In the pre-event stage, from five days out up until immediately prior to landfall, there is heavier reliance on model based data since the density and availability of observations is often sparser in areas farther offshore or more remote. While in-situ surface observations that come from a variety of sources (ships, buoys, automated and manned observation stations) can be limited for some storms, there is still a myriad of remotely sensed based products can be used to verify and improve model simulation performance. Other shortcomings with observations, such as instrument failure, calibration problems, inconsistent exposures and spatial density, often make it difficult for decision makers to aptly assess the extent and severity of an event. In many cases, remote observation of wind is valid only over open water. Remote sensing measurements such as those from NOAA’s Advanced Scatterometer (ASCAT) and NASA’s recently deployed Cyclone Global Navigation Satellite System (CYGNSS), will undoubtedly have the compound effect of assisting with the verification of model performance and subsequent model parameterization enhancements, and improving the underlying forecast models that are used to initialize some of our TC multi-model members to increase the accuracy of the hazards produced by the model.
In the immediate TC post-event timeframe (2hours to 2 days after) the response and recovery operations depend on accurate, readily available meteorological hazard intelligence to effectively deploy. Casualty insurers, emergency responders, property and asset managers rely on this vital information. Globally consistent, uniform model-based hazard datasets help decision makers create a process for responding in a systematic manner, addressing some of the limitations posed when confronted with inconsistent or sparse observational data. TC event characteristics in terms of spatial extent and severity can be easier to quantify when using the model-based data in concert with available observations.
A multi-model suite of hazard intelligence also informs the decision maker to how probable a particular outcome is by conveying uncertainty. When there is a wider spread, or divergence, in solutions it helps signal the need to remain more alert to changing conditions, but that the likelihood remains lower than when there is more consistency across the forecasted hazards. Observations can be leveraged to assess multi-model performance and ‘ground-truth’. The multi-model solution requires a level of understanding to interpret the model produced results knowing that they are guidance and put them into even better context using the best available observational data.
Our study undertakes a comparison of model outputs with a select sample of observational data sources at differing time scales for aiding in critical decision making. The evaluation framework identifies where there is appropriate overlap in temporal and geographic coverage between our internally produced model-generated TC multi-model hazard data and the external observation datasets for comparison. This will help highlight the strengths of each type of dataset, illustrating the benefit of combining them for the purposes of improving decision making capabilities in the pre, during and post event time scales. Model data has limitations tied to the quality of the forecast used to initialize the simulation (and inherent forecast uncertainty), while observations can be limiting in their capacity to fully capture the impacts of the event over a broader geographic region. To quantify / rank the quality of observations versus our model based data, we compare both spatially and at point locations, the wind fields from both remotely sensed and surface based observational sources at a few specific short-term time scales (pre, during and immediate post-event). This study compares the performance and utility of using each data source over at various time scales.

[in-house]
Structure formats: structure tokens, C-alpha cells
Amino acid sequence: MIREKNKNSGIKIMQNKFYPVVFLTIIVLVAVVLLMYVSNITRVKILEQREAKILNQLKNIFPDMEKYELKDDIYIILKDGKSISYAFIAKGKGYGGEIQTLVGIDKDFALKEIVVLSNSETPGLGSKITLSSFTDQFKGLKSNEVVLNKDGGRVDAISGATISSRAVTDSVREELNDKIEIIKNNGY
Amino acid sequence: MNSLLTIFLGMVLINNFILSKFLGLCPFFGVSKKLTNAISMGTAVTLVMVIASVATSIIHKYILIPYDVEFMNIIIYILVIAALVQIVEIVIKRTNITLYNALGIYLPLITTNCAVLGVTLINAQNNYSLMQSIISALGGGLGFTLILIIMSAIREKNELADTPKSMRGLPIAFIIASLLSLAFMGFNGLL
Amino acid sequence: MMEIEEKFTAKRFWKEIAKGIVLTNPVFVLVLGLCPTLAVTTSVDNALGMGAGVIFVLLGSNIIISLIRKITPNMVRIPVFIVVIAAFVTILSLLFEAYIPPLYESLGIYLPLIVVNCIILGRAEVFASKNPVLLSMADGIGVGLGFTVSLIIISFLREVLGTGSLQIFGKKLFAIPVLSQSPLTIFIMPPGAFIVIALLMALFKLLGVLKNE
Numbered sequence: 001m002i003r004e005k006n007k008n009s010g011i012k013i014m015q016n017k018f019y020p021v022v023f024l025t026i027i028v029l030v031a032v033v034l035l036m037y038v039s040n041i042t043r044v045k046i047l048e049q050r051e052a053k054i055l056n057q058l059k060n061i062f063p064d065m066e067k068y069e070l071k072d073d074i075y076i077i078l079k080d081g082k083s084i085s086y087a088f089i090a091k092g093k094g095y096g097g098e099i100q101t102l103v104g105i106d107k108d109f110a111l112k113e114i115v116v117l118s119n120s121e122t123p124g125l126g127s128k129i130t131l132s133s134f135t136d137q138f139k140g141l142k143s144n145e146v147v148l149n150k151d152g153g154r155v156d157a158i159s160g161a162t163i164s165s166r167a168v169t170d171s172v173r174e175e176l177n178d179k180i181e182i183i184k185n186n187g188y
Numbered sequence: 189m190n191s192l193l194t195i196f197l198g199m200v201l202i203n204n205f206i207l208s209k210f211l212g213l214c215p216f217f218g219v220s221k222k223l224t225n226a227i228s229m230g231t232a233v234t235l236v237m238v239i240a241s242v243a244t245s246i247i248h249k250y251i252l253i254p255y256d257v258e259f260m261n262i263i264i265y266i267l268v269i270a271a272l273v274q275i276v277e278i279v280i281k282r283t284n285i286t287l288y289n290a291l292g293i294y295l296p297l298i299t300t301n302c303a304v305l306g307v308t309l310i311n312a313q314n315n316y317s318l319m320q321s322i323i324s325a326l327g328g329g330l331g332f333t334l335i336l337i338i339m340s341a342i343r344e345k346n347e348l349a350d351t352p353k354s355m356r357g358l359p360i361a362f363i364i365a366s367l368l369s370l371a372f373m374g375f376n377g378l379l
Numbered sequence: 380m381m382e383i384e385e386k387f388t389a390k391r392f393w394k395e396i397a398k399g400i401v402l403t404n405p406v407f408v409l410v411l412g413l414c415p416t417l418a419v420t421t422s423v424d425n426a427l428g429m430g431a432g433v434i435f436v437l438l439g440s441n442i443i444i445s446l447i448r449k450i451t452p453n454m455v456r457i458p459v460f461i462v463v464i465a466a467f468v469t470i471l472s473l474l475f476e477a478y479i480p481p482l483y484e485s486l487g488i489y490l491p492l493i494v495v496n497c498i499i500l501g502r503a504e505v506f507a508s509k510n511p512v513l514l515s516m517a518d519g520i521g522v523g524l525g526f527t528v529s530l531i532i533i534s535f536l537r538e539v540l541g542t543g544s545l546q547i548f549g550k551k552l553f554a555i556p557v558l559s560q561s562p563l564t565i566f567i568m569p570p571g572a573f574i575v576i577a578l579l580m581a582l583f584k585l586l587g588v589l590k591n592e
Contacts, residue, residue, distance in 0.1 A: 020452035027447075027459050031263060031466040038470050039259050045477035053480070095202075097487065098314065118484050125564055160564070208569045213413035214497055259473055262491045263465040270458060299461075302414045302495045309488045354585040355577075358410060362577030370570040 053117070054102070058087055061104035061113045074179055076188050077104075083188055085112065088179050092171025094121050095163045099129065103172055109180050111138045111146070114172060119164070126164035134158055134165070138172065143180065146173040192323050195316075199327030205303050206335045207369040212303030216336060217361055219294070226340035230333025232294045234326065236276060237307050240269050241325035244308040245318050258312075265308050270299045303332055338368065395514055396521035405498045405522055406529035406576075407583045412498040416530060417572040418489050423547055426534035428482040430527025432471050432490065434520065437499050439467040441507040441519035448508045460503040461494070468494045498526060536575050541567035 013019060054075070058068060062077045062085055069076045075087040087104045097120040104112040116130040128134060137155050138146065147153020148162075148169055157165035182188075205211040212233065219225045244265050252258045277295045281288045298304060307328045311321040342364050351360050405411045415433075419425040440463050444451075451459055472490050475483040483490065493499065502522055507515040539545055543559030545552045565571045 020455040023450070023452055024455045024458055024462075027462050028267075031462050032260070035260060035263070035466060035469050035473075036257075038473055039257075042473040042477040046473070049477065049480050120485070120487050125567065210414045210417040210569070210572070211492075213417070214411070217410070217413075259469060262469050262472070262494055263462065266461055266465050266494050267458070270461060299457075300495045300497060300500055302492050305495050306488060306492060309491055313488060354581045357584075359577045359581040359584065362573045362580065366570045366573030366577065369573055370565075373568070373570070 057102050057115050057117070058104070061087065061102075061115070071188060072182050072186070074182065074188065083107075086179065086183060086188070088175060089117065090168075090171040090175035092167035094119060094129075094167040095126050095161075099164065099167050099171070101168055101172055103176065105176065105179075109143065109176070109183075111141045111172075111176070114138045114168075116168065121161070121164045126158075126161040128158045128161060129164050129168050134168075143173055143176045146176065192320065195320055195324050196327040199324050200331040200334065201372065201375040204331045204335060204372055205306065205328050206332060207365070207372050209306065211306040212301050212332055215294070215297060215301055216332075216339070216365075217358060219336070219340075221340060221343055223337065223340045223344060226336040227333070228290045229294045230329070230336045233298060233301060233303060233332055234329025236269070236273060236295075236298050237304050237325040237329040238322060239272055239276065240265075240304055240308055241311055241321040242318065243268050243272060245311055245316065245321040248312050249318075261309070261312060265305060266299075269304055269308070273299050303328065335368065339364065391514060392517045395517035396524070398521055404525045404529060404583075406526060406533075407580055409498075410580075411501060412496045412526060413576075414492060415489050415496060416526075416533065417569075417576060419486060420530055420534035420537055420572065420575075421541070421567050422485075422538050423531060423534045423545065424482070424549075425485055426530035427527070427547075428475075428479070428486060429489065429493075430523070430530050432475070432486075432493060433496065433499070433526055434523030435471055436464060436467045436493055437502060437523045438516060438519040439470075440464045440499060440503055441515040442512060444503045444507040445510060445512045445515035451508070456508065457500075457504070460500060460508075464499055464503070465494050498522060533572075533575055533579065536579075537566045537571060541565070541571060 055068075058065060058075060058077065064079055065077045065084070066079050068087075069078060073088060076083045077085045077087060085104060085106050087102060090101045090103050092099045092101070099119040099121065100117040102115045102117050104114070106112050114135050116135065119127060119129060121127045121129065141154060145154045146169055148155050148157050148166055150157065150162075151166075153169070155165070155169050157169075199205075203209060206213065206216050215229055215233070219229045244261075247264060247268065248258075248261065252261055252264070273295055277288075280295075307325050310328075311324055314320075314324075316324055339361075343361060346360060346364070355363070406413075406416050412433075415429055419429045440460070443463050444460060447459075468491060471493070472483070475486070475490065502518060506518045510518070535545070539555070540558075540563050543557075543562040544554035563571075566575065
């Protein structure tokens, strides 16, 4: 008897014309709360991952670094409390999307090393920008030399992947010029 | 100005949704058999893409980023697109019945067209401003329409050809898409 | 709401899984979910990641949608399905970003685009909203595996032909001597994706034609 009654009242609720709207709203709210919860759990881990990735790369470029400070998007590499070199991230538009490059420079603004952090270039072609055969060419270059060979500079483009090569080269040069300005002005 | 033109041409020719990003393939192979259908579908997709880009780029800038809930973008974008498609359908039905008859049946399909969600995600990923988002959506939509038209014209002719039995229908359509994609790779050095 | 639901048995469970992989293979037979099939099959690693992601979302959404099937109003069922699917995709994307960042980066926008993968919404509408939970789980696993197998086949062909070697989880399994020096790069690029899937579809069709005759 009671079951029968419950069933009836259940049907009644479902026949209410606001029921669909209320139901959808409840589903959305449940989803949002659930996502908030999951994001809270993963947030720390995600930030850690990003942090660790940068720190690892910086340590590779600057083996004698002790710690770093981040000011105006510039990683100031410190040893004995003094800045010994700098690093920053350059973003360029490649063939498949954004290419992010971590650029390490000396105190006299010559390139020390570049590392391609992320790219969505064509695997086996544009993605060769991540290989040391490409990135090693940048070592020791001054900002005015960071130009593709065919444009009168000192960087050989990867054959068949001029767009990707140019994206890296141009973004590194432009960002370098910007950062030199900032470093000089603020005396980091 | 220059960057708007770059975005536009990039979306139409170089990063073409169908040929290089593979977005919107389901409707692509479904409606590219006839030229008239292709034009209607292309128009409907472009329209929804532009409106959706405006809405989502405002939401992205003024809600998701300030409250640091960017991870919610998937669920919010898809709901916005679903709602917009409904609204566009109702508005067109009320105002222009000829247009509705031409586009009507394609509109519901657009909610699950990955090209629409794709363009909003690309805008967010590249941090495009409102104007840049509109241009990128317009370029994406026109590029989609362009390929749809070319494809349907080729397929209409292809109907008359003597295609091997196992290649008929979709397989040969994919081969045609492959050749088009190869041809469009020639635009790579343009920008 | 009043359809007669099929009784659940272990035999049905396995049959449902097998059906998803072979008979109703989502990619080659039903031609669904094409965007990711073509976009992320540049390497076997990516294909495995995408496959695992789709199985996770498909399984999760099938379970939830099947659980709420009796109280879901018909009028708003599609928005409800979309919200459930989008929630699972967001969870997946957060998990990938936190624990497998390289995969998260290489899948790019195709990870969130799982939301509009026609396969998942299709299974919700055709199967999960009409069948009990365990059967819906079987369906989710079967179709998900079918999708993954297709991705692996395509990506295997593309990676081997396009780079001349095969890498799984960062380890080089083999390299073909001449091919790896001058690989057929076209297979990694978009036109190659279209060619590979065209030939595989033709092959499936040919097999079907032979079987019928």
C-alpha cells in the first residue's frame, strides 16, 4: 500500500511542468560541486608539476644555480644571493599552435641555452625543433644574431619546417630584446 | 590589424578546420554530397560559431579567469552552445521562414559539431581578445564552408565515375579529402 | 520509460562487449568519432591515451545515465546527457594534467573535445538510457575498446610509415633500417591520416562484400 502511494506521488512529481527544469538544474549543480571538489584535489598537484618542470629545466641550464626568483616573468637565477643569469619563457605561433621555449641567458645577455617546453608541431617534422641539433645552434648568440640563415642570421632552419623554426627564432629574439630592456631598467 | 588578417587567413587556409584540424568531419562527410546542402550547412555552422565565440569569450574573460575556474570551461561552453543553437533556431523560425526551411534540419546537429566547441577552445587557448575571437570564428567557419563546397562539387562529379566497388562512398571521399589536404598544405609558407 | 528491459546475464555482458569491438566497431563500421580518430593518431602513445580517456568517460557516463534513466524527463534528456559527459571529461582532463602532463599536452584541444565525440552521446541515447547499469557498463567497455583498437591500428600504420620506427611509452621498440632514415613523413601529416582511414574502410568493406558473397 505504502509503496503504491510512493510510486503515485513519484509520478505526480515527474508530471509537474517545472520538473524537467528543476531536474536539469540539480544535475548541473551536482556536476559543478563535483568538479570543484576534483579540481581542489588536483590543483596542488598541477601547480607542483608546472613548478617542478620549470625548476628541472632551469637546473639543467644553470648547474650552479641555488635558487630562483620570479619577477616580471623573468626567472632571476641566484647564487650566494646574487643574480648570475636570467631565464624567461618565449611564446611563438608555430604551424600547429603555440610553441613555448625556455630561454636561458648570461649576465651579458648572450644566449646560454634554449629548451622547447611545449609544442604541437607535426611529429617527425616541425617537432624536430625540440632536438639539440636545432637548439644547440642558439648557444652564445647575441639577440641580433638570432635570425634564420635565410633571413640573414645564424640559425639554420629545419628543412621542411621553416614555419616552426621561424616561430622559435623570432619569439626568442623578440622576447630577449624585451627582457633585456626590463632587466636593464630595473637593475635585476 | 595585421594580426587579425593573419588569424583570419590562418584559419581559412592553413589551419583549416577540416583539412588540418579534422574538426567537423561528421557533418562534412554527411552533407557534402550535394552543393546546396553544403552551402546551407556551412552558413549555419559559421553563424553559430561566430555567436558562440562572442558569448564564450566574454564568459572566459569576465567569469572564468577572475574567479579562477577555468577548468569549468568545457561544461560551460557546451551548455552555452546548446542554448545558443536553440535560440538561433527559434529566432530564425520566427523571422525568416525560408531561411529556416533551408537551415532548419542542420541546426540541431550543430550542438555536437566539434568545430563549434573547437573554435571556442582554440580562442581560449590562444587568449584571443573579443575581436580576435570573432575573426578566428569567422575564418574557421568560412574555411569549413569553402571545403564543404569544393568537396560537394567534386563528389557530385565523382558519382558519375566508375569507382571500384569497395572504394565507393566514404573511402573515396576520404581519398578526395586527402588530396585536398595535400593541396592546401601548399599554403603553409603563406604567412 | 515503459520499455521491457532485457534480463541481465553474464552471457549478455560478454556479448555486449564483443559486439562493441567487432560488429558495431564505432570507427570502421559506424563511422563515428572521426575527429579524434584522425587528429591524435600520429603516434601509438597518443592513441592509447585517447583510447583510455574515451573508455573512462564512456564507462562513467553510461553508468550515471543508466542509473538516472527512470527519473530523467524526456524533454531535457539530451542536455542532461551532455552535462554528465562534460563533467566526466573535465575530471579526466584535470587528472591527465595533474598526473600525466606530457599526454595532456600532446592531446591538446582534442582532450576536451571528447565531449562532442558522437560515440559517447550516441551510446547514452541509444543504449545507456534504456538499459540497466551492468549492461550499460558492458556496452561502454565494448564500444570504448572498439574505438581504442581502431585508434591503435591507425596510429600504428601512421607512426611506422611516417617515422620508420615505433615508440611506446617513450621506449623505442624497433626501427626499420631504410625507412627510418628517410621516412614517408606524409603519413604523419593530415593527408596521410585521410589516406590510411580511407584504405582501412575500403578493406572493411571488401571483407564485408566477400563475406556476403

Comparing the application of multi-model results versus observations can be assessed on varying stages of the short term and immediate post-event time scale. The TC multi-model hazard results and different observational datasets are best used in conjunction with each other, by filling in the inherent gaps in consistency and coverage that may be present with the different data sources. In many cases, such as the case for Hurricane Patricia (2015) in the East Pacific, the in-situ land observations are too sparse to provide continuity whereas model data is always a consistent availability, even if not as accurate. Availability of high resolution (up to 1 km) TC model hazard data can instill confidence of TC impacts and reinforce confidence of the extent and severity of TC hazards in cases where there are inadequate surface observations limiting representation to a few points over a large area of exposure. Together, observational and model produced data provide decision makers with a more comprehensive picture for situational awareness, to formulate the specific location based assessments needed to respond to TC hazards from an imminent short-range forecast threat through the post-event assessment stage and knowing when to focus on each is paramount.